Text: Psalm 40:1-11
Theme Verse: “He drew me up from the desolate pit, out of the miry bog, and set my feet upon a rock, making my steps secure.” (Psalm 40:2)
We've all been there. The moment we're ready to turn in our resignation, suffocating under the stress of the job, and its only Monday. The moment we realize everything our mom said was right. The moment our 2-year-old's vocabulary is limited to the word "No!" The moment the SUV is making sputtering noises, and the bank account is running on empty. The moment we have to pretend to be happy for someone. We’ve all been there. But how do we get out of the mess? New research suggests we play in the mud… or… we offer our mess to God.
reader: Dave Jones
preaching: Rev Mark Briley
It’s sort of become a thing, a tradition even, to ring in the New Year with my brother and sister and our spouses. My big brother had his 40th birthday last Friday. It sort of caught me in a way I didn’t expect. I reflected on it often this past week – the four decades of his life and all but two-and-a-half years that I’ve shared with him. He’s a good big brother and I love him but he certainly worked me over sometimes. A brother knows what buttons to push more than anyone else.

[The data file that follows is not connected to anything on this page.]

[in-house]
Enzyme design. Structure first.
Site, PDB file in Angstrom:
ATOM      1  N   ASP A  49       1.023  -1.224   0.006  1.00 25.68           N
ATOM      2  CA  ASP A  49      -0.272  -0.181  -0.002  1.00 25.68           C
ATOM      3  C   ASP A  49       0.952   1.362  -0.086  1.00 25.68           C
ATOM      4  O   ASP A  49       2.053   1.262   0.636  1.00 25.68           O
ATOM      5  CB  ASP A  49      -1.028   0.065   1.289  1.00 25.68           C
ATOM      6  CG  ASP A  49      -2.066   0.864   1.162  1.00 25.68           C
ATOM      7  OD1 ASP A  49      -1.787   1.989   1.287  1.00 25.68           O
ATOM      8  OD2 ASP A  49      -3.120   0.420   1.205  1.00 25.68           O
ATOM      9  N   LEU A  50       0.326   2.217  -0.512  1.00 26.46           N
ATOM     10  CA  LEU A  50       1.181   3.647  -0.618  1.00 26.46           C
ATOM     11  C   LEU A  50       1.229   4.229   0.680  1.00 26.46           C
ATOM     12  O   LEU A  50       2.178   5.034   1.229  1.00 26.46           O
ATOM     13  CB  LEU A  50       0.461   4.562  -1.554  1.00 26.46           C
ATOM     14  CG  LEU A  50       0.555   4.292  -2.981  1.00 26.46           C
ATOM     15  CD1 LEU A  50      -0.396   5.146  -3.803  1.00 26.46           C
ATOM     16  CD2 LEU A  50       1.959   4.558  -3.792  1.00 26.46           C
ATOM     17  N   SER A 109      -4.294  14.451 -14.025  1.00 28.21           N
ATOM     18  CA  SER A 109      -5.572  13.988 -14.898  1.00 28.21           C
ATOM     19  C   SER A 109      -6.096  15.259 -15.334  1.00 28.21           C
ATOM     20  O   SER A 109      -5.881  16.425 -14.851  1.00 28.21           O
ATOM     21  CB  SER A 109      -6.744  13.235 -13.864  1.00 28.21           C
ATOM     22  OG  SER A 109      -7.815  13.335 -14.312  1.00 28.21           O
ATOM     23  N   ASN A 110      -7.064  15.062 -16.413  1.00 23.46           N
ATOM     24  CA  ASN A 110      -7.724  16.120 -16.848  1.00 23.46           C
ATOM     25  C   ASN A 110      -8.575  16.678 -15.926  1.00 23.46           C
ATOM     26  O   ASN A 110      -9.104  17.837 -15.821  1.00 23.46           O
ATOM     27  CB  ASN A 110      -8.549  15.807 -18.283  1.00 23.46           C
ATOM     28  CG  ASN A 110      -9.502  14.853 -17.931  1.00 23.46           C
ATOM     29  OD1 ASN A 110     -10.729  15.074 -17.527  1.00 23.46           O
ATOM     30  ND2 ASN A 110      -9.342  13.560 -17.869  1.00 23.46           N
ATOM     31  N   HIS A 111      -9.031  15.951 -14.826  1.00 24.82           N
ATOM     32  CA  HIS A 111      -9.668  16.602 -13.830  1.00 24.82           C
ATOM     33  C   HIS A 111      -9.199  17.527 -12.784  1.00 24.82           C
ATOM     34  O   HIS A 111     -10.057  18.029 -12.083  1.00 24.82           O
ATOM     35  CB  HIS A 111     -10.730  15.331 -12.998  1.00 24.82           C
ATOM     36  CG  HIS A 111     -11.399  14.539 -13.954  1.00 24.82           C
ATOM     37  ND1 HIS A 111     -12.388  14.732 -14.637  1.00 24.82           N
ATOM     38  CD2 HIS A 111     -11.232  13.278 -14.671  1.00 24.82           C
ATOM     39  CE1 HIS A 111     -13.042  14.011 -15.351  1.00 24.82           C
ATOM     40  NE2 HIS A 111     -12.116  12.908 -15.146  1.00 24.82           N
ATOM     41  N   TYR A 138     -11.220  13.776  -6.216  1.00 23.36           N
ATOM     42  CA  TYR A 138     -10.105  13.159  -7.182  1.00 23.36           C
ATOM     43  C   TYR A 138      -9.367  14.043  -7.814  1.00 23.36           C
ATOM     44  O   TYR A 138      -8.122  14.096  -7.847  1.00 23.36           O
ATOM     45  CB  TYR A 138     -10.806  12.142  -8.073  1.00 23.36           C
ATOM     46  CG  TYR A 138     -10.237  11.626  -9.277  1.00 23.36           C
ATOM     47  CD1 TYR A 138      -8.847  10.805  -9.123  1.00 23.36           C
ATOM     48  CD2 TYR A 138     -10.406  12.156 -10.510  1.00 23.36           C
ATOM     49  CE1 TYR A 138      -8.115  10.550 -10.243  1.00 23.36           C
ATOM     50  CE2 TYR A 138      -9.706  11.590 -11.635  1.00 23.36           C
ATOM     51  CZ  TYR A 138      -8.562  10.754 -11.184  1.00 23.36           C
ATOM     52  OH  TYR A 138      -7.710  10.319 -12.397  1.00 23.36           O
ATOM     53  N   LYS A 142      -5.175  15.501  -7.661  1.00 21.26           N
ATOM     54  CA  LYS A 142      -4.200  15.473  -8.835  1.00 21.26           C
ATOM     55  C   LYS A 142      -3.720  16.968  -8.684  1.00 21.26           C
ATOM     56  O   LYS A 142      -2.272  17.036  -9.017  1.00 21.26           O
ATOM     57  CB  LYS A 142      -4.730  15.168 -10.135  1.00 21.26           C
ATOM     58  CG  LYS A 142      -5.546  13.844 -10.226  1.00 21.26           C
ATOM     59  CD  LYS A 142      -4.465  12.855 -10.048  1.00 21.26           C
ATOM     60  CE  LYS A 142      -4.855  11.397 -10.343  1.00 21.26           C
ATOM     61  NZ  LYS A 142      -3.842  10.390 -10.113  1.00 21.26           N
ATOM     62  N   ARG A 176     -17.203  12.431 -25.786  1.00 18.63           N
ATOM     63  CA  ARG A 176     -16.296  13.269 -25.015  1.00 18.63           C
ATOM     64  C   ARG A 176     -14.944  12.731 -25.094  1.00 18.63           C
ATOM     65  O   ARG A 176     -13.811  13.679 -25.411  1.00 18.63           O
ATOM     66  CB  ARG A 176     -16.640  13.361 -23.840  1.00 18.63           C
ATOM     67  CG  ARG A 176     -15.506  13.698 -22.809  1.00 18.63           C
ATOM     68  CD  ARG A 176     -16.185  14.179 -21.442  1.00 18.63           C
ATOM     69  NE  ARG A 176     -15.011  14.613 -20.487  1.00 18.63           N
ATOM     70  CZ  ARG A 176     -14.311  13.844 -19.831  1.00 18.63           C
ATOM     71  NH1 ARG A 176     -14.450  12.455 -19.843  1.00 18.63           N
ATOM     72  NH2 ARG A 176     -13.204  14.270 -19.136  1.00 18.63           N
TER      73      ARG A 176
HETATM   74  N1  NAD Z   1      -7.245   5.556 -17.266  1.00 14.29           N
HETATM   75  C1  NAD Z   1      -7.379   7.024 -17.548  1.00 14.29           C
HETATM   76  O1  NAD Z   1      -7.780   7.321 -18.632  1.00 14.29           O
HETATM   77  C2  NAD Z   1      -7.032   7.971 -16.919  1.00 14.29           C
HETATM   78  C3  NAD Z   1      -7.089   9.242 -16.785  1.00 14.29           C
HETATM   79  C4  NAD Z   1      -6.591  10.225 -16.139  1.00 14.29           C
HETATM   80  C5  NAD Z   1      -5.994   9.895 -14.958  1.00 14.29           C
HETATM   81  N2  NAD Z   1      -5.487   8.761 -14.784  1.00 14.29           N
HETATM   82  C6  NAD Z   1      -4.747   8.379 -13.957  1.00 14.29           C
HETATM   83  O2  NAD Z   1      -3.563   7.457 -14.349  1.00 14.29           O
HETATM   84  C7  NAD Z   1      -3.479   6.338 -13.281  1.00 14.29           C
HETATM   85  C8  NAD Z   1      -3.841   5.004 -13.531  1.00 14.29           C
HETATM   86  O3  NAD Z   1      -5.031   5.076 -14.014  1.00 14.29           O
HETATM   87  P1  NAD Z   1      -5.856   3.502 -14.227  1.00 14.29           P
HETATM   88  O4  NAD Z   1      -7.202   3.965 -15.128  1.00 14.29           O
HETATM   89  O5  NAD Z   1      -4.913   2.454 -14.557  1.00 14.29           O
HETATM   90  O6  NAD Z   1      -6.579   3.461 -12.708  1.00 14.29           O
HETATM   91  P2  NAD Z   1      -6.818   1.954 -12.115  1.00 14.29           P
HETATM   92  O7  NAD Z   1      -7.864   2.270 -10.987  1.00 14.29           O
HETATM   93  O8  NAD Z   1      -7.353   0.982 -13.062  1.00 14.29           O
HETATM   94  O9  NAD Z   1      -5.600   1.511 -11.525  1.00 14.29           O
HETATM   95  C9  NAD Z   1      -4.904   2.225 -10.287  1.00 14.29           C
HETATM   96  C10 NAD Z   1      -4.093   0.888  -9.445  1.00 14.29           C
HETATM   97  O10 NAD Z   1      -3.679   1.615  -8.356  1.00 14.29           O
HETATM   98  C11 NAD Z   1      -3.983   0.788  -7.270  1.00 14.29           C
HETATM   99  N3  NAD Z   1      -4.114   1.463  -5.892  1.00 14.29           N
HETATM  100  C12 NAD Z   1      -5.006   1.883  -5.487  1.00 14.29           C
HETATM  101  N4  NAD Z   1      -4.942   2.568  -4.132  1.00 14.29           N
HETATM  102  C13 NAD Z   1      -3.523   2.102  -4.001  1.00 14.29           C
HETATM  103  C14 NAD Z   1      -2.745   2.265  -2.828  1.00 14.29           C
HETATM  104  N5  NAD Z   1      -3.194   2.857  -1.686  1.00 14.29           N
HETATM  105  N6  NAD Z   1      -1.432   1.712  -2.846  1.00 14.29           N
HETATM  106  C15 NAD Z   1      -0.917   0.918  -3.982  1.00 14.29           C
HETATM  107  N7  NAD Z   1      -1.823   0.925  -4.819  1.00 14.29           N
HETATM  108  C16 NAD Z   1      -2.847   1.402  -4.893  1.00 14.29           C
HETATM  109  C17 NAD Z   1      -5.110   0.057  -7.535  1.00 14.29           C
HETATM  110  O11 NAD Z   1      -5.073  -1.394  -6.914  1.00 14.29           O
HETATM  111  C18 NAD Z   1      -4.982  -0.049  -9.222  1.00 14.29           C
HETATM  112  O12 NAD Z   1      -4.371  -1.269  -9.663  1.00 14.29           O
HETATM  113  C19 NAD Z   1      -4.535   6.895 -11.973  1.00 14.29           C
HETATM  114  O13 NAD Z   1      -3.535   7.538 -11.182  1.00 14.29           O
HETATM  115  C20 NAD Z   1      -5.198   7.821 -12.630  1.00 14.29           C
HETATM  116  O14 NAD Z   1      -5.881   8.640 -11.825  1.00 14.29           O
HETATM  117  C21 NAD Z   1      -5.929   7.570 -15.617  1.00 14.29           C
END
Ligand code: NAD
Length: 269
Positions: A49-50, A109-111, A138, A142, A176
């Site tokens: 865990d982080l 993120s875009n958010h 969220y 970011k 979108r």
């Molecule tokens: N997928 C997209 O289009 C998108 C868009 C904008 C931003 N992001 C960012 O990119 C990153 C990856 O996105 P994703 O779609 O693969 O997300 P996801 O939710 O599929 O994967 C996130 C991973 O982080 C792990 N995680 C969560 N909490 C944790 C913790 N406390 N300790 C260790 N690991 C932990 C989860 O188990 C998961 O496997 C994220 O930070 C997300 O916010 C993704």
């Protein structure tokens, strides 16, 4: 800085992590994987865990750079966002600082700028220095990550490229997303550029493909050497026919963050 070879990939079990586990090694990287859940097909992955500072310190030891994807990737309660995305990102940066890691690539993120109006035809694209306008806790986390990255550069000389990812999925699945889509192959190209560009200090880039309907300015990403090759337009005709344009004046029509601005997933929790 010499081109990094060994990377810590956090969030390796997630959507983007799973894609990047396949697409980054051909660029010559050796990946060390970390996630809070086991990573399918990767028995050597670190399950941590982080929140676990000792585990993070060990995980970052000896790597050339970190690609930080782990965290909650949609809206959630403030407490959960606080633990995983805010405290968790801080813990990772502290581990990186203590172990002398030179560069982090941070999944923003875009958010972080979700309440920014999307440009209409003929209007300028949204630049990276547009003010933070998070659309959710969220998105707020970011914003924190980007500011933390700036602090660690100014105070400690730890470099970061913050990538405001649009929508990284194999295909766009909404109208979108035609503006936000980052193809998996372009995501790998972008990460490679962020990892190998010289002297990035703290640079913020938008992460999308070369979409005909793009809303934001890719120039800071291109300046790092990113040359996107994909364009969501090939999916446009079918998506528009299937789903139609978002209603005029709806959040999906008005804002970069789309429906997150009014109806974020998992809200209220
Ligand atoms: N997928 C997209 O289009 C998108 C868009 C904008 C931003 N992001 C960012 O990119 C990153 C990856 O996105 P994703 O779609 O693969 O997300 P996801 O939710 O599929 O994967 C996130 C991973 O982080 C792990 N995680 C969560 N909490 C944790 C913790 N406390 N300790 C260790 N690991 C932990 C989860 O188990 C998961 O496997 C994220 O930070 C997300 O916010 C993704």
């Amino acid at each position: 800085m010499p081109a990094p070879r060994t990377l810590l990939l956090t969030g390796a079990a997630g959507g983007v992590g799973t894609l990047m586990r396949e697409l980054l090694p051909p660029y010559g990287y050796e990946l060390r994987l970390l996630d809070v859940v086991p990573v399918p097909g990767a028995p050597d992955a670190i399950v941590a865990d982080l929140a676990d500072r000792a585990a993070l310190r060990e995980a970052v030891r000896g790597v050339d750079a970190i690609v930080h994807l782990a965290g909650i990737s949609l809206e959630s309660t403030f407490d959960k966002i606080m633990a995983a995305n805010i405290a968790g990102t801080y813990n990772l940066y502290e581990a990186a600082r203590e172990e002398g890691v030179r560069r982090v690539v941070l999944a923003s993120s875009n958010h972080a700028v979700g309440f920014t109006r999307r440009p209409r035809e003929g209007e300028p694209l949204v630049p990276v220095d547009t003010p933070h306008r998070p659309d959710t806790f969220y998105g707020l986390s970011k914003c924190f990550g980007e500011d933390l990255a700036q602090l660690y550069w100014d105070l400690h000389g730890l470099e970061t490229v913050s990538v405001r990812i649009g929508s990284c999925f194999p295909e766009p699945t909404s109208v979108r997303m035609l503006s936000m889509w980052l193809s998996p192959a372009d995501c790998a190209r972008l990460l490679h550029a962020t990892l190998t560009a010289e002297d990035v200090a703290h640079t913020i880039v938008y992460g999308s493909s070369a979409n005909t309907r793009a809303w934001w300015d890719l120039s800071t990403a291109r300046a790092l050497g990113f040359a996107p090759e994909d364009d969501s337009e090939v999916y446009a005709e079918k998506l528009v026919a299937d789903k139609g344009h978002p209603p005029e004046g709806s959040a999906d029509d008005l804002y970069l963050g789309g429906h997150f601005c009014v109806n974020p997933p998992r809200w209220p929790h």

When we were kids, he knew he could push my worry button and get me going quick. I was your classic middle child – a worrier, peacemaker, one who always had to make sure everyone was okay and things were in their right place. Shout out to the middles! But he knew he could work this angle on me and did often. There were countless times that he’d do the dead man’s float in the pool and I’d panic, giving all my strength to pull his head from the water so he’d breathe again. When we were really little, probably 7 and 5 or something like that, we were playing outside in the snow. Around the back of the house there was a long concrete stairwell that went down to an exit from the basement. Matt was the architect behind a plan to dump a bunch of snow in the bottom and then jump into it from the top. If he was the architect I was the grunt worker and we got it all set up. Matt was going to jump first and he decides to work me over saying, “Brother, if I don’t survive the jump, know that I love you and that you’ve been a great brother.” He keeps working the drama and I start fearing that I’m about to watch my brother die. My pleas for him to stop didn’t help and sure enough, he launches the six or eight feet (seemed like the Grand Canyon to me) into the pile we created to soften the fall and sure enough, he’s not moving. He jumped to his death. I rushed to his side and attempted any MacGyver maneuvers I could to rescue him from the pit to no avail. He drug it out for far longer than he should have before his ornery grin spanned his face while tears were freezing to the side of my cheeks. Then there was the time after church when he and I went down to the winding creek bed behind the church while we waited for my parents – we were always the last ones to leave the church. My brother led the adventure of course and made his way into a swampy looking island of goo. I was behind him enough that he turned to face me before I reached the spot where he was. He yelled, “Stop!” and I froze in my tracks. Matt’s feet had already disappeared into this muddy pit and he was slowly sinking further. He sees my panic and turns it on: “Brother, I think its quicksand.” Once again, I think I’m about to witness the death of my only brother. I’d seen Indiana Jones, however, and I managed to pull him to safety with a large stick. By the end we were both covered in mud from head to toe… in our church clothes mind you. Not my mother’s happiest moment. But in that sinking moment in the mud, there was power. Now I’m not God – you knew that already. But that moment brought to light the words printed on your bulletin from the 40th Psalm – “He drew me up from the desolate pit, out of the miry bog, and set my feet upon a rock, making my steps secure.” These are King David’s words about his Maker, his God, who rescued him from the miry mess of his own life. This passage of scripture is titled, “To the Leader of David.” This leader of his life was the one, true God. The one who delivered him from the hellish moments of his life and redeemed him from his messiest sins – and my were there some messy moments for King David.